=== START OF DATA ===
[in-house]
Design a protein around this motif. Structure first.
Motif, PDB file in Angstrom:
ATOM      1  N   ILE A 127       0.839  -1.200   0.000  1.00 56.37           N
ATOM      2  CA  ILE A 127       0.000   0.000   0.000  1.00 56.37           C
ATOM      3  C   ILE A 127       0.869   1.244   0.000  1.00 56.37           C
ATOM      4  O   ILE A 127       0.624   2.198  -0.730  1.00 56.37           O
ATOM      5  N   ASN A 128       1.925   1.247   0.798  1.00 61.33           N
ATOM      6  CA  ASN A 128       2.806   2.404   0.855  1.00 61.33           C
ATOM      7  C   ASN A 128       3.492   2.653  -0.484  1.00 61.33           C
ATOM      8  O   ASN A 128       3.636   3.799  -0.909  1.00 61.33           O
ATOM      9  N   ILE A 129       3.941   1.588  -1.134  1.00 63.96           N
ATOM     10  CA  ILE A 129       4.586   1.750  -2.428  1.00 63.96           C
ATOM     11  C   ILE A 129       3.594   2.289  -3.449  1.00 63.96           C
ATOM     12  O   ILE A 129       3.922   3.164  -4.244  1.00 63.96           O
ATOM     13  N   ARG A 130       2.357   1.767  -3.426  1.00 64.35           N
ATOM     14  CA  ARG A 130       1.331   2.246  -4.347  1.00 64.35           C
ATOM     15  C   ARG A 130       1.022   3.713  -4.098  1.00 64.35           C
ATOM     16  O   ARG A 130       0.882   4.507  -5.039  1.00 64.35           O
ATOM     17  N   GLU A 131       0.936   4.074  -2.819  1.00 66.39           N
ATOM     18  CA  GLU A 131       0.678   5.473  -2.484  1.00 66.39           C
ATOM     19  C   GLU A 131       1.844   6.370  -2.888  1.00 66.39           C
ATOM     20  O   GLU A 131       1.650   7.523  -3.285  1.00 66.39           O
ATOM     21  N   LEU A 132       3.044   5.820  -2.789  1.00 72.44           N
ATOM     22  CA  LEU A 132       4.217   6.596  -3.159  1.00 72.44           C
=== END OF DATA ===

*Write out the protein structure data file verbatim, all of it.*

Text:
[in-house]
Design a protein around this motif. Structure first.
Motif, PDB file in Angstrom:
ATOM      1  N   ILE A 127       0.839  -1.200   0.000  1.00 56.37           N
ATOM      2  CA  ILE A 127       0.000   0.000   0.000  1.00 56.37           C
ATOM      3  C   ILE A 127       0.869   1.244   0.000  1.00 56.37           C
ATOM      4  O   ILE A 127       0.624   2.198  -0.730  1.00 56.37           O
ATOM      5  N   ASN A 128       1.925   1.247   0.798  1.00 61.33           N
ATOM      6  CA  ASN A 128       2.806   2.404   0.855  1.00 61.33           C
ATOM      7  C   ASN A 128       3.492   2.653  -0.484  1.00 61.33           C
ATOM      8  O   ASN A 128       3.636   3.799  -0.909  1.00 61.33           O
ATOM      9  N   ILE A 129       3.941   1.588  -1.134  1.00 63.96           N
ATOM     10  CA  ILE A 129       4.586   1.750  -2.428  1.00 63.96           C
ATOM     11  C   ILE A 129       3.594   2.289  -3.449  1.00 63.96           C
ATOM     12  O   ILE A 129       3.922   3.164  -4.244  1.00 63.96           O
ATOM     13  N   ARG A 130       2.357   1.767  -3.426  1.00 64.35           N
ATOM     14  CA  ARG A 130       1.331   2.246  -4.347  1.00 64.35           C
ATOM     15  C   ARG A 130       1.022   3.713  -4.098  1.00 64.35           C
ATOM     16  O   ARG A 130       0.882   4.507  -5.039  1.00 64.35           O
ATOM     17  N   GLU A 131       0.936   4.074  -2.819  1.00 66.39           N
ATOM     18  CA  GLU A 131       0.678   5.473  -2.484  1.00 66.39           C
ATOM     19  C   GLU A 131       1.844   6.370  -2.888  1.00 66.39           C
ATOM     20  O   GLU A 131       1.650   7.523  -3.285  1.00 66.39           O
ATOM     21  N   LEU A 132       3.044   5.820  -2.789  1.00 72.44           N
ATOM     22  CA  LEU A 132       4.217   6.596  -3.159  1.00 72.44           C